I am pleased to have the opportunity to contribute to the Australian Journal of Emergency Management; an important publication contributing to building Australia’s disaster resilience.

As Minister for Emergency Management, I recognise the significant challenges that Australia faces. It is broadly recognised that the scale and cost of disasters is growing, they are occurring more frequently and are having long-term and complex impacts on the economy, environment and of course, communities. For Australia to effectively prevent, manage and rebuild after disasters, an ambitious and holistic approach to reducing systemic disaster risk is required.

Following on from the First National Action Plan to implement the National Disaster Risk Reduction Framework that was released in December 2020, the Second National Action Plan is currently being developed. The plan will take a strategic, inclusive and forward-looking approach, and will be informed by comprehensive consultation. This includes discussions from last month’s From Risk to Resilience Summit on disaster risk reduction, which was a rewarding experience for me to hear the insights from leaders in this field.

Australia will need to continuously look for opportunities on how we can work most effectively across the different levels of government and with communities, businesses and other stakeholders to improve how disaster risks are reduced and resilience is built. I am particularly keen to elevate regional involvement in disaster risk reduction and to establish closer partnerships with local government authorities and communities. Genuine community engagement is needed, so I am endeavouring to go to Australia’s regions that have been most affected by disasters and learn more from local leaders.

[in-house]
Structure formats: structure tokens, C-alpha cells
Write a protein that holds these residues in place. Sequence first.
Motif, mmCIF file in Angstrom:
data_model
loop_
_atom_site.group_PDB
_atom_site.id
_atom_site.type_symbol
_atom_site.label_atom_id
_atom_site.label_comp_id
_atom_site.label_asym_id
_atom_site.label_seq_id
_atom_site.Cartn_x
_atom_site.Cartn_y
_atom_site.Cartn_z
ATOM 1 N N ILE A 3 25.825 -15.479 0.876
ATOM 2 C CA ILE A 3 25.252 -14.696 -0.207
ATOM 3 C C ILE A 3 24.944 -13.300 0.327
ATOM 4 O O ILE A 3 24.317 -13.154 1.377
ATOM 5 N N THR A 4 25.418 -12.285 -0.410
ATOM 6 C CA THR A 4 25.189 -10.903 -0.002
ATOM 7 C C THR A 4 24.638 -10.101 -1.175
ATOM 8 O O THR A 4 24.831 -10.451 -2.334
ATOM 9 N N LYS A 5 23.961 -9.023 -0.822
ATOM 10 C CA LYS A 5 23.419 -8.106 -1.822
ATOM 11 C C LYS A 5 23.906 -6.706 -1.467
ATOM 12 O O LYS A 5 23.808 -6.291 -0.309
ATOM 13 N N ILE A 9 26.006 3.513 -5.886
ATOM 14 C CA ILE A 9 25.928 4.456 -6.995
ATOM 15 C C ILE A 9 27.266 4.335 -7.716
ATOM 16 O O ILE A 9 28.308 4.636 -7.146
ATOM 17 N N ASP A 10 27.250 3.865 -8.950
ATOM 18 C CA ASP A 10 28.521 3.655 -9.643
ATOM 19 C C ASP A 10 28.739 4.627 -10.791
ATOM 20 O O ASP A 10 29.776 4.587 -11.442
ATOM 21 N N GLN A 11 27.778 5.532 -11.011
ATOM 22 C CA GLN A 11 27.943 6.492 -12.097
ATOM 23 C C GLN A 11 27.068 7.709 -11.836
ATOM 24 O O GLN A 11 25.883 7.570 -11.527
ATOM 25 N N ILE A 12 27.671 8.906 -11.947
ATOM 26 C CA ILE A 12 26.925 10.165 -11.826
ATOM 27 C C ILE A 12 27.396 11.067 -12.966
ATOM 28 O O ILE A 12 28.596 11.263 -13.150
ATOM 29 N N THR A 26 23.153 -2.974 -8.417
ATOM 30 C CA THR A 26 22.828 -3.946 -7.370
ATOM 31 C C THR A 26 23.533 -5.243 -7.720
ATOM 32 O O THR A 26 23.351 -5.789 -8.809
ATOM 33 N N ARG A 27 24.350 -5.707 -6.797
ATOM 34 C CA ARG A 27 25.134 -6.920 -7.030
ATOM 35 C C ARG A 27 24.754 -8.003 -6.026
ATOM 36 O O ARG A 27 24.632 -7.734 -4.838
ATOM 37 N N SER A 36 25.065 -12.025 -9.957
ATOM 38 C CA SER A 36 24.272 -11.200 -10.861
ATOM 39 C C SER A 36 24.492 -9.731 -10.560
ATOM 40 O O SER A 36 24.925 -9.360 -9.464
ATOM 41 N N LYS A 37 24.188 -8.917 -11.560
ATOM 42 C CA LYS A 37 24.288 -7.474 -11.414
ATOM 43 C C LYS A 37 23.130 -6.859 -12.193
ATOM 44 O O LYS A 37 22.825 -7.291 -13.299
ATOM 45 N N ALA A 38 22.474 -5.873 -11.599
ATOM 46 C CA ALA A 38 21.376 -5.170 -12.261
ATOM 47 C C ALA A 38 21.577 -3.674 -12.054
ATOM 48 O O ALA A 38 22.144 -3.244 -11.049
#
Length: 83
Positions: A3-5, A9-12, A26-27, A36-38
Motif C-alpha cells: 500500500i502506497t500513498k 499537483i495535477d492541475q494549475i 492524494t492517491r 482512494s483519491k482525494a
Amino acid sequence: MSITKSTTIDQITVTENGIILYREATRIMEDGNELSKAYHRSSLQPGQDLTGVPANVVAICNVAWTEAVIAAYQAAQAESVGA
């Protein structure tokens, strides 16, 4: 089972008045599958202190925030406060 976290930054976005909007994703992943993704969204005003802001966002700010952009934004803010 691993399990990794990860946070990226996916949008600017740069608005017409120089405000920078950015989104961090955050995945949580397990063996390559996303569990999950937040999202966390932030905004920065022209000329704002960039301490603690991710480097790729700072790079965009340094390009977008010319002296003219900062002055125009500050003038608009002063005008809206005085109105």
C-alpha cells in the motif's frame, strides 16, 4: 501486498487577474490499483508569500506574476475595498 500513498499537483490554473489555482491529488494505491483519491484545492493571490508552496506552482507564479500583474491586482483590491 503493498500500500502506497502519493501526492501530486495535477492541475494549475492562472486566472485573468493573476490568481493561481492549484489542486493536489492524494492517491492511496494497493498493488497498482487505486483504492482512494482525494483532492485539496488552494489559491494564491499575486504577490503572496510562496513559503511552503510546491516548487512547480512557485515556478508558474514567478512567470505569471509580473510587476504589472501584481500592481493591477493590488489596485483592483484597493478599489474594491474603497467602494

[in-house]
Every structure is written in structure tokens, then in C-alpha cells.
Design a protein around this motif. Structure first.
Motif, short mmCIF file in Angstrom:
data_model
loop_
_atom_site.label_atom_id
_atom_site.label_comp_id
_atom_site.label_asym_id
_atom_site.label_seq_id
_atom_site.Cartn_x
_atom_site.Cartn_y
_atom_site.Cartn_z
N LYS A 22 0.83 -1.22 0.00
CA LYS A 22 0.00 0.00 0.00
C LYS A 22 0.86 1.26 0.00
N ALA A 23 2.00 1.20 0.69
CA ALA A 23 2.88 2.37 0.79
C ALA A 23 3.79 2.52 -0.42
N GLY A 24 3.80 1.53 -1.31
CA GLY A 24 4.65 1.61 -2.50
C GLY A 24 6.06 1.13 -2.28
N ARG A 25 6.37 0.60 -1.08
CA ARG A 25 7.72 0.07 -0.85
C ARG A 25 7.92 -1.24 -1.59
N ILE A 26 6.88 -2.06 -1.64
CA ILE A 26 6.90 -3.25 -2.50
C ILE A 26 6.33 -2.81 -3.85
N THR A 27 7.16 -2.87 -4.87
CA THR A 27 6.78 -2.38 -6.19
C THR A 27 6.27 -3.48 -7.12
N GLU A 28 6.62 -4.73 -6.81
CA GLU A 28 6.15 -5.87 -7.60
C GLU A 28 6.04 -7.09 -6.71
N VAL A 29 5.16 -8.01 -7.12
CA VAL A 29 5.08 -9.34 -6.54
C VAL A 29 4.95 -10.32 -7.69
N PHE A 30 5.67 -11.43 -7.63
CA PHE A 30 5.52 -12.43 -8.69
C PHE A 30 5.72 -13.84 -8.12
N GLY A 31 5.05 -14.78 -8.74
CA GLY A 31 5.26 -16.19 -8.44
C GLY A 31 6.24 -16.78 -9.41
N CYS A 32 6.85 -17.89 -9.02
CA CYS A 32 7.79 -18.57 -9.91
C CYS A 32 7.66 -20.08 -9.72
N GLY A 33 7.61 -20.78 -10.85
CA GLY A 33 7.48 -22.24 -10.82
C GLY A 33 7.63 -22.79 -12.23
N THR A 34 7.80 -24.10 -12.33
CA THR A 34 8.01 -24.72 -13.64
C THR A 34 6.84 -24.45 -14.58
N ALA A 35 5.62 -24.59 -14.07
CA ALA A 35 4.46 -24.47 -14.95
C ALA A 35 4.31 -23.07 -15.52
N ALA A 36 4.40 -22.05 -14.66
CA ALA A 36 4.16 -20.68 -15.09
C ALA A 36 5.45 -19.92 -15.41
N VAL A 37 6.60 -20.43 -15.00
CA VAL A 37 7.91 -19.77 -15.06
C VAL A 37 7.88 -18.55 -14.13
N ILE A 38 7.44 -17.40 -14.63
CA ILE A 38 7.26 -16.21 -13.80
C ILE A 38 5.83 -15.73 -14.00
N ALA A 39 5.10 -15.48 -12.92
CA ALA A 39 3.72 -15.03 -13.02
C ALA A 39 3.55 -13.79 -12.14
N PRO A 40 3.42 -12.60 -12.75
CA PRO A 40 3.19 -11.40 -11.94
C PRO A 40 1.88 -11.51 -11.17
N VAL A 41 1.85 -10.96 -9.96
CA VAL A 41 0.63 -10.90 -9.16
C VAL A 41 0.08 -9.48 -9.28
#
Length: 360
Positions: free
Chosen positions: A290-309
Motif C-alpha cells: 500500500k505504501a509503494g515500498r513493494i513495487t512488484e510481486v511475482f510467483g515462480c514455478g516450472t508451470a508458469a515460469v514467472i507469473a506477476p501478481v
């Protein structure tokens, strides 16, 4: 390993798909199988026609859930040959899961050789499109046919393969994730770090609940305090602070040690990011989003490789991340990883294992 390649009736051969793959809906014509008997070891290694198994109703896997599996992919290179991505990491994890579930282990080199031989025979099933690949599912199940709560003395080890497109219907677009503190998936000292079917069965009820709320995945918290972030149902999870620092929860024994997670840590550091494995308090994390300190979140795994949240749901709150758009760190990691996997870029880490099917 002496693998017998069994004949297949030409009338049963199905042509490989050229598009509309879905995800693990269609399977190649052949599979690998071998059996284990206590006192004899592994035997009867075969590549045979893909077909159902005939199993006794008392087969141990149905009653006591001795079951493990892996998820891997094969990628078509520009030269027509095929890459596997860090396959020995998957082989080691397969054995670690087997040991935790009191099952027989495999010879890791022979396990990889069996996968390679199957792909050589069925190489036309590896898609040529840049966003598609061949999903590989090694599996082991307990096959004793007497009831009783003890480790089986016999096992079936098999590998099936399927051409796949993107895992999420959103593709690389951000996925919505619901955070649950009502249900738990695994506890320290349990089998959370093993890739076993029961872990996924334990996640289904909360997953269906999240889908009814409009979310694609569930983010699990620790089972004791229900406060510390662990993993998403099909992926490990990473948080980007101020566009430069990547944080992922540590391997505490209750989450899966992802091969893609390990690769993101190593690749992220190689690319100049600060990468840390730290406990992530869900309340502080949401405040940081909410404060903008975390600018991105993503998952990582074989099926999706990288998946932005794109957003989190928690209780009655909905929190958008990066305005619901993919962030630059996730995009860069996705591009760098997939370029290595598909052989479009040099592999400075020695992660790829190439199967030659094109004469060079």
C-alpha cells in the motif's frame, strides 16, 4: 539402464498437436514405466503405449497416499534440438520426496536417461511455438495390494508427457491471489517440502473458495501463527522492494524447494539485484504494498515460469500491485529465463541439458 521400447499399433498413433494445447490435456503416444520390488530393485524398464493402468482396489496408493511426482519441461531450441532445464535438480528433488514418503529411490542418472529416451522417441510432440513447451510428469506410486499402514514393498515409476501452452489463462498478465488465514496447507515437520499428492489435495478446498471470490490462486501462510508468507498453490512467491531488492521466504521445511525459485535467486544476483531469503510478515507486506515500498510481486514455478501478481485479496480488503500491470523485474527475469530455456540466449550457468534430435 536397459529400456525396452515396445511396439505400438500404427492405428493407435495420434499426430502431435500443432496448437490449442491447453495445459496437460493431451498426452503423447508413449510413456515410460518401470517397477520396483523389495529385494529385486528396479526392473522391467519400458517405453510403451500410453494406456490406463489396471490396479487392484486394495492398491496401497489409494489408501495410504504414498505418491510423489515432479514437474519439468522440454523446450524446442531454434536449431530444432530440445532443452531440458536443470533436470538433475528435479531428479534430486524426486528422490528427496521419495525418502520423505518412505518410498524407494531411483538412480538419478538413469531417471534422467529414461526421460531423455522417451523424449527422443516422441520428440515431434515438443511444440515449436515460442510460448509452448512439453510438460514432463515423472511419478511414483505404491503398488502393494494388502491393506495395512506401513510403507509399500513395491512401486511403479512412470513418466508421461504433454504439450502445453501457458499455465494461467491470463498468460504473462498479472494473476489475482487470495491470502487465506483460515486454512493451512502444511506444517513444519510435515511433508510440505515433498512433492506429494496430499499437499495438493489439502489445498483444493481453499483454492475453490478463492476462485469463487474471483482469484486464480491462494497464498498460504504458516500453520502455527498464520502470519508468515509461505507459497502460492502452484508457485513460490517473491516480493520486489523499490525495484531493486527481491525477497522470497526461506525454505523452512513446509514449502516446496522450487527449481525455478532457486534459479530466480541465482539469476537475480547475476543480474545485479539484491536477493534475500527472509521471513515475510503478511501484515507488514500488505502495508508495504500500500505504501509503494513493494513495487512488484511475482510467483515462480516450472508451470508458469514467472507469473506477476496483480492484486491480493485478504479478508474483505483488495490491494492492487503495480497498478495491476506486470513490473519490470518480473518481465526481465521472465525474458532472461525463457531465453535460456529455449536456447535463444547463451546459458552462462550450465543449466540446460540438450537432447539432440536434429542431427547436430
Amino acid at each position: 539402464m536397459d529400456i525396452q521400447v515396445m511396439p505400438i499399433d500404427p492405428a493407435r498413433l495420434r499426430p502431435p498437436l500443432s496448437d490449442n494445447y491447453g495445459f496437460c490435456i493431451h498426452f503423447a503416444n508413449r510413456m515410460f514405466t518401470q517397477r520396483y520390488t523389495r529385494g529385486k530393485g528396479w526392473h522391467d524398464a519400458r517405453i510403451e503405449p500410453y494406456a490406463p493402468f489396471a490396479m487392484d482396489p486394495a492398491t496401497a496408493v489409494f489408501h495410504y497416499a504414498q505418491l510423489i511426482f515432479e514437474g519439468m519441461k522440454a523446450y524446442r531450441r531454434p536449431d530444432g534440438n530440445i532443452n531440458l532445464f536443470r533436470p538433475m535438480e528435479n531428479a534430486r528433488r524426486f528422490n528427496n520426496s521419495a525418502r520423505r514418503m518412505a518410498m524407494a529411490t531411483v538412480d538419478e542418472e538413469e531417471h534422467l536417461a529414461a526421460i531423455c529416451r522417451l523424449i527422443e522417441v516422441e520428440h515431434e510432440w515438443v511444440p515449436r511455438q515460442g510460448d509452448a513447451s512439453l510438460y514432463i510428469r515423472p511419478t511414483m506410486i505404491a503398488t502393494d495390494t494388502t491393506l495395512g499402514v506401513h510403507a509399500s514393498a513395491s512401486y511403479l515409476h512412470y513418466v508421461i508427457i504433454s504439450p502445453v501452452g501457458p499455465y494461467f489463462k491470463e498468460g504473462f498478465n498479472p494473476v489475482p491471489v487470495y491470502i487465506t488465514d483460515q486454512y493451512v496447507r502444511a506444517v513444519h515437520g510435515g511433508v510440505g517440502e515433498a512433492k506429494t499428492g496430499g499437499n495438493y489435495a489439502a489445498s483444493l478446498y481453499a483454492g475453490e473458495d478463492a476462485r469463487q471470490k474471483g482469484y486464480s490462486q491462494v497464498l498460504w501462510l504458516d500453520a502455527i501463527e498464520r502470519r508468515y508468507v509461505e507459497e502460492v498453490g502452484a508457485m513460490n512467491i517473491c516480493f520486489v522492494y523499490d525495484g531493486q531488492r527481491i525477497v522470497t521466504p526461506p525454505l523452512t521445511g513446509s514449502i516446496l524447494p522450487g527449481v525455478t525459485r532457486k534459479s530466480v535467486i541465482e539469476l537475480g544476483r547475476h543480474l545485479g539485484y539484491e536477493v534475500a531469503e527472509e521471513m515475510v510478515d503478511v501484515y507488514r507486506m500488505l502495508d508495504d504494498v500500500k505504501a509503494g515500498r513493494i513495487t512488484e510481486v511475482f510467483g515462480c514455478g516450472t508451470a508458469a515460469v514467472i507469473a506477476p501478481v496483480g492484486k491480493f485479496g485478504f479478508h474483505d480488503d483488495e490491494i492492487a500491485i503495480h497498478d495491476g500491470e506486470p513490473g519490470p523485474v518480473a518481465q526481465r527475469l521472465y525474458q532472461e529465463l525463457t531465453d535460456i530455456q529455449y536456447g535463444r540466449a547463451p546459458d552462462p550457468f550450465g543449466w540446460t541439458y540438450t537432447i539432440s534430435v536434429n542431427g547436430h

To support local communities, a new Disaster Ready Fund will provide up to $200 million per year for infrastructure and programs that improve disaster preparedness and reduce risk. This may include flood levees, drainage improvements and evacuation centres or other, equally important initiatives focused on governance and risk accountability. Disaster recovery funding arrangements will also be streamlined to make sure they are consistent and equitable.

In building capability, it is important that we connect with international counterparts and experts. While this has been challenging over the last few years with the pandemic, it is pleasing that Brisbane will host the Asia-Pacific Ministerial Conference on Disaster Risk Reduction, which is the first regional meeting since the onset of the pandemic. This is a significant event that brings together senior representatives from the world’s disaster-prone regions to review risk reduction efforts and share information on emerging and innovative approaches.

It is timely that the Sendai Framework for Disaster Risk Reduction 2015-2030 is rapidly approaching its mid-point. The conference provides a platform for the region to reflect on progress and, importantly, for us to make commitments to achieve the 2030 vision set by the framework.

I encourage emergency management practitioners to continue working with the government on disaster risk reduction.